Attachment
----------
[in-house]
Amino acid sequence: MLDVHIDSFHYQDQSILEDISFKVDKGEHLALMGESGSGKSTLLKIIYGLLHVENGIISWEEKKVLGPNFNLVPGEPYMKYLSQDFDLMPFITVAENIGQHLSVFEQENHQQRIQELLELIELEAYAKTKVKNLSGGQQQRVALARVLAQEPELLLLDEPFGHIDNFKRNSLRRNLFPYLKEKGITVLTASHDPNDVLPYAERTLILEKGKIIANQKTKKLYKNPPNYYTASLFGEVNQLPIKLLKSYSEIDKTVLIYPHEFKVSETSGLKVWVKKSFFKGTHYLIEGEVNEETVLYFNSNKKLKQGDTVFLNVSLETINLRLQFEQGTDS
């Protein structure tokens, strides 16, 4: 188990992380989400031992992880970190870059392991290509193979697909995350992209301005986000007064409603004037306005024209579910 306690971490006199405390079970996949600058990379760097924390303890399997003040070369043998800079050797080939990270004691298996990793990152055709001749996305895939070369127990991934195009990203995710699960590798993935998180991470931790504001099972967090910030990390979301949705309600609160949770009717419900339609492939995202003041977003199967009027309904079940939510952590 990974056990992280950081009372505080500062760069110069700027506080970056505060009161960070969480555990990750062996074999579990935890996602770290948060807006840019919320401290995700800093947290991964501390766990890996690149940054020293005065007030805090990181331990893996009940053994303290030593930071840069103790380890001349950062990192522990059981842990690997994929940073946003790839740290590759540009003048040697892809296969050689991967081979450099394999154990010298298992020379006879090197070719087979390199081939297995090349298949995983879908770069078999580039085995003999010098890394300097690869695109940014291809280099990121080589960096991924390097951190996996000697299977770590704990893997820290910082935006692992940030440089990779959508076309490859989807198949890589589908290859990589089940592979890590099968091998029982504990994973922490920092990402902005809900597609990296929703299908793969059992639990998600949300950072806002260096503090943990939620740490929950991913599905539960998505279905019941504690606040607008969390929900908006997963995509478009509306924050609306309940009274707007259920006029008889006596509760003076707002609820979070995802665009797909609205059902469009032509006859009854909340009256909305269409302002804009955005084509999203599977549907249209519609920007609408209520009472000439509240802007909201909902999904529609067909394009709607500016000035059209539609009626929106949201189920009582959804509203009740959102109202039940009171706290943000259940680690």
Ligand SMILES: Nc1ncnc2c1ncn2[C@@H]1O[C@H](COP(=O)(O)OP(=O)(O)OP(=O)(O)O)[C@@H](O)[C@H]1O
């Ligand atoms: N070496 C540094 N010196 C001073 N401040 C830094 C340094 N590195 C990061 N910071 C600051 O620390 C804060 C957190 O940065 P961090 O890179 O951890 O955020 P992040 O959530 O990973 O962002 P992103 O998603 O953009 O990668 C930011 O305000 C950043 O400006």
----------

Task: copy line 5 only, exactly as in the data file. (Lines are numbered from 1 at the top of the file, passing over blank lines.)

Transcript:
């Ligand atoms: N070496 C540094 N010196 C001073 N401040 C830094 C340094 N590195 C990061 N910071 C600051 O620390 C804060 C957190 O940065 P961090 O890179 O951890 O955020 P992040 O959530 O990973 O962002 P992103 O998603 O953009 O990668 C930011 O305000 C950043 O400006």